European Commission Wants Lufthansa Slots In Exchange For Aid

While Lufthansa is likely feeling relieved to have secured its enormous €9bn bailout package, it seems the European Commission expects it to pay the price for the help. The EC is reported to be requesting Lufthansa to give up some of its valuable slots at Frankfurt and Munich, as well as moving some of its aircraft out of Germany.

Lufthansa, Airbus A320, Grounded
Lufthansa’s state aid has come with strings attached. Photo: Getty Images

Lufthansa will be made to give up slots

As further details of the huge Lufthansa bailout begin to emerge, it appears the airline may have more strings attached than initially thought. While we knew the airline would be forced to hand over 20% of its company to Berlin, it now seems the European Commission wants to name its price for supporting the massive €9bn ($9.8bn) bailout package.

It appears that, in return for allowing the record-breaking bailout, Lufthansa could be forced to give up some key assets, namely some of its airport slots at Frankfurt and Munich. As reported in Bloomberg today, people close to the matter have said that the EC believes the aid package could give Lufthansa an unfair advantage against the competition.  As such, they want the airline to surrender some critical slots in a bid to level the playing field.

The EU press office the publication that they had no specific comment on the Lufthansa slot plan but was in contact with the German government. In a statement the EU said,

“This is important to preserve the level playing field in the single market post-coronavirus crisis to the benefit of all European consumers and companies.”

Bloomberg further reports that the EU’s executive arm has said it would like the airline to reduce the number of aircraft based in Germany. No specific details have been revealed on how many slots it could be asked to surrender, but with both airports in high demand, these are valuable assets for Lufthansa to lose.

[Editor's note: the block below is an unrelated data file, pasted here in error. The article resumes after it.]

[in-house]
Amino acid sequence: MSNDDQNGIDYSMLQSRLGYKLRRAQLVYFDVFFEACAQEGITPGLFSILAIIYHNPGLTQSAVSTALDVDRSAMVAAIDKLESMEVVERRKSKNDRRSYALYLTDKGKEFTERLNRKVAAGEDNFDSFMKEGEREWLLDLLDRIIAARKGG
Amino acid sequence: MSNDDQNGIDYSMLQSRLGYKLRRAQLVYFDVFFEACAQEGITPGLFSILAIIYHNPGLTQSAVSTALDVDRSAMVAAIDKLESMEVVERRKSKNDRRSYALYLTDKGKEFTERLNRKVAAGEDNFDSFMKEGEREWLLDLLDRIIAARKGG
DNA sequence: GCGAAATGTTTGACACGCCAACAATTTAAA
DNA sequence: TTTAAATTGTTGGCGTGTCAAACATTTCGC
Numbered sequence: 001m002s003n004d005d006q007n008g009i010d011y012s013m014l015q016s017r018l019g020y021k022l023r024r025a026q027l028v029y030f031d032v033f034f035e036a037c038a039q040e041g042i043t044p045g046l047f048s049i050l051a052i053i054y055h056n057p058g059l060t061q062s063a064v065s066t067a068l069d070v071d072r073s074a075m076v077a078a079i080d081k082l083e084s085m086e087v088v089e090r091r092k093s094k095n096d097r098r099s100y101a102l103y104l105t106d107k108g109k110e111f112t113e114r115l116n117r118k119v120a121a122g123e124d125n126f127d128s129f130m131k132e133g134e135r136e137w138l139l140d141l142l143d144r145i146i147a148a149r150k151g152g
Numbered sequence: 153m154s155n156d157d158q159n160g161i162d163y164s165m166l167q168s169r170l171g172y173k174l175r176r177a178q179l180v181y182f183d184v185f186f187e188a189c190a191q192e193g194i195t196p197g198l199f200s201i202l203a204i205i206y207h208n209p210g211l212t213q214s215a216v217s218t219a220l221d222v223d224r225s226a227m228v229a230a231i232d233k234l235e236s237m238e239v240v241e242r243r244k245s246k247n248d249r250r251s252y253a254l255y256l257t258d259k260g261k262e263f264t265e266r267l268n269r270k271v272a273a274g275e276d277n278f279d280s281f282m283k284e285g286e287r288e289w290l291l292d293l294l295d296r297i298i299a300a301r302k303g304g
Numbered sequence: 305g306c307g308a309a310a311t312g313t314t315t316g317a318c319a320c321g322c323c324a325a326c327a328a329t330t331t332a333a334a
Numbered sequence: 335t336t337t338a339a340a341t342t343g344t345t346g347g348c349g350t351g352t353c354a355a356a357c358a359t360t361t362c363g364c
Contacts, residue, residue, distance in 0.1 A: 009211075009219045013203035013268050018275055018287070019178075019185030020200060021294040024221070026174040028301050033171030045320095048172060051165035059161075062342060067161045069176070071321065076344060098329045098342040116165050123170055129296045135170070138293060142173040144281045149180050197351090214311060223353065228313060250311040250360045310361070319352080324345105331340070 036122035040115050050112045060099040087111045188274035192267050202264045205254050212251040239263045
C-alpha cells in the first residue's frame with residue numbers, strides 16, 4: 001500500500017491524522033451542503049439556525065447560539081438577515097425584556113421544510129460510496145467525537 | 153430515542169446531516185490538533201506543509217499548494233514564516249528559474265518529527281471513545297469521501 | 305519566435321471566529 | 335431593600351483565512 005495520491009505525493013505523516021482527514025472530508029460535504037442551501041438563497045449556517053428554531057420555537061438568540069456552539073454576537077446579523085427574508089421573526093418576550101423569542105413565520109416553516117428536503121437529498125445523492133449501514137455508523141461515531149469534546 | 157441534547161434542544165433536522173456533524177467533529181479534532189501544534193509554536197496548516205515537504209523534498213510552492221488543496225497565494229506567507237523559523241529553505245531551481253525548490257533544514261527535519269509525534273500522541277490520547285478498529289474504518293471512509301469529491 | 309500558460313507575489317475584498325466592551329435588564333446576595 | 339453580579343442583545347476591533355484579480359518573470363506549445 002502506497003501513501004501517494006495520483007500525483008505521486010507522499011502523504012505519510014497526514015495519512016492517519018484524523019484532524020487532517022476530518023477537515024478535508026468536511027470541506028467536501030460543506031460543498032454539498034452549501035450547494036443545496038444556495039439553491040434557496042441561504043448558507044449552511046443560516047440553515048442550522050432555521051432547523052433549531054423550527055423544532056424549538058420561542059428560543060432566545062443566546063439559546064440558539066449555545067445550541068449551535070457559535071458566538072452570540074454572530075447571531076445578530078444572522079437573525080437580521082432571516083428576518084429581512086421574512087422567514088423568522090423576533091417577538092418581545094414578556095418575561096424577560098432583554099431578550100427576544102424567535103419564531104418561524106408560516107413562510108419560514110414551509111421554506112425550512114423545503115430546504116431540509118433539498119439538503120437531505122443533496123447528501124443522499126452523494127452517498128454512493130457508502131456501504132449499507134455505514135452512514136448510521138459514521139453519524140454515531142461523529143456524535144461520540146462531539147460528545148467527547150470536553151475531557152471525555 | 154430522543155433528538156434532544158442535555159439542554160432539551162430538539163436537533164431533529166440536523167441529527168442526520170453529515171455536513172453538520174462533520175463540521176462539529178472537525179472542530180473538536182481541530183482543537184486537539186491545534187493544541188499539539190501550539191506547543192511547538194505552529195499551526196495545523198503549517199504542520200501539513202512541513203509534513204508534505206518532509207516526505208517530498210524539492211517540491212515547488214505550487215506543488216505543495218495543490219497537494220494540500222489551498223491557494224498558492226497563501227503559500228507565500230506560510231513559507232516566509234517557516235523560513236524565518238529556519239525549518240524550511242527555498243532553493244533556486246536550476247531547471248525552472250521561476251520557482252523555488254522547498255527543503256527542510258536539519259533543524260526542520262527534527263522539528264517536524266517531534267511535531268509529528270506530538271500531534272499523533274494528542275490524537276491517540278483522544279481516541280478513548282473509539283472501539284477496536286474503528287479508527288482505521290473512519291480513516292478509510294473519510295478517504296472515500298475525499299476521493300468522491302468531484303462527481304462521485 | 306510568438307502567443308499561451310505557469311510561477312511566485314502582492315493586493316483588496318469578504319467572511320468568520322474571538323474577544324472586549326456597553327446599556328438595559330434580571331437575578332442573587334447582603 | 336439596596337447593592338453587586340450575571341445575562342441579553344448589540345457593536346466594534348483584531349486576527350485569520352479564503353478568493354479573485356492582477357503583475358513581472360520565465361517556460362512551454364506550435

Angela Merkel holds Lufthansa plane model
Merkel says she won’t allow this to happen. Photo: Getty Images

Chancellor Angela Merkel is reported by Handelsblatt to have said she won’t take any move on Lufthansa’s valuable slots lying down. At a meeting with senior party members this week, she said,

“We won’t allow that to happen.”

She further said that there would be a “tough fight” before Lufthansa gave up its slots.

Ryanair ready to fight

A staunch critic of Lufthansa for many reasons, CEO of Ryanair Michael O’Leary was predictably quick off the mark with his condemnation of the bailout deal. In a statement carried by Aviation24, he said,

“Lufthansa is addicted to State Aid. Whenever there is a crisis, Lufthansa’s first reflex is to put its hand in the German Government’s pocket. While most other EU airlines can survive on just payroll support schemes (for which we are extremely grateful), Lufthansa claims it needs another €9bn from the German Govt, €1bn from the Swiss Govt, €800m from the Austrian Govt, and €500m from the Belgian Govt as it stumbles around Europe sucking up as much State Aid as it can possibly gather.”

Ryanair, Michael O'Leary, Coronavirus
The Ryanair CEO has been quick to hit out at Lufthansa’s bailout package. Photo: Getty Images

He went on to question how airlines like his own and fellow low-cost carrier easyJet can possibly compete when the German airline has been bailed out so dramatically. He even called into question the Air Berlin deal, which he claims gave Lufthansa a monopoly in the German market.

O’Leary has long maintained that state aid is unfair, particularly when his own airline has received nothing so far. Ryanair even launched a legal challenge to state aid in Sweden and is expected to present challenges to other airline bailouts too.

For Lufthansa, the package has given it some breathing room in terms of paying wages and other unavoidable overheads, hopefully enough to see it through until travel demand picks up. However, the cost of being heavily burdened with debt and potentially giving up slots could set in on the back foot in the long term.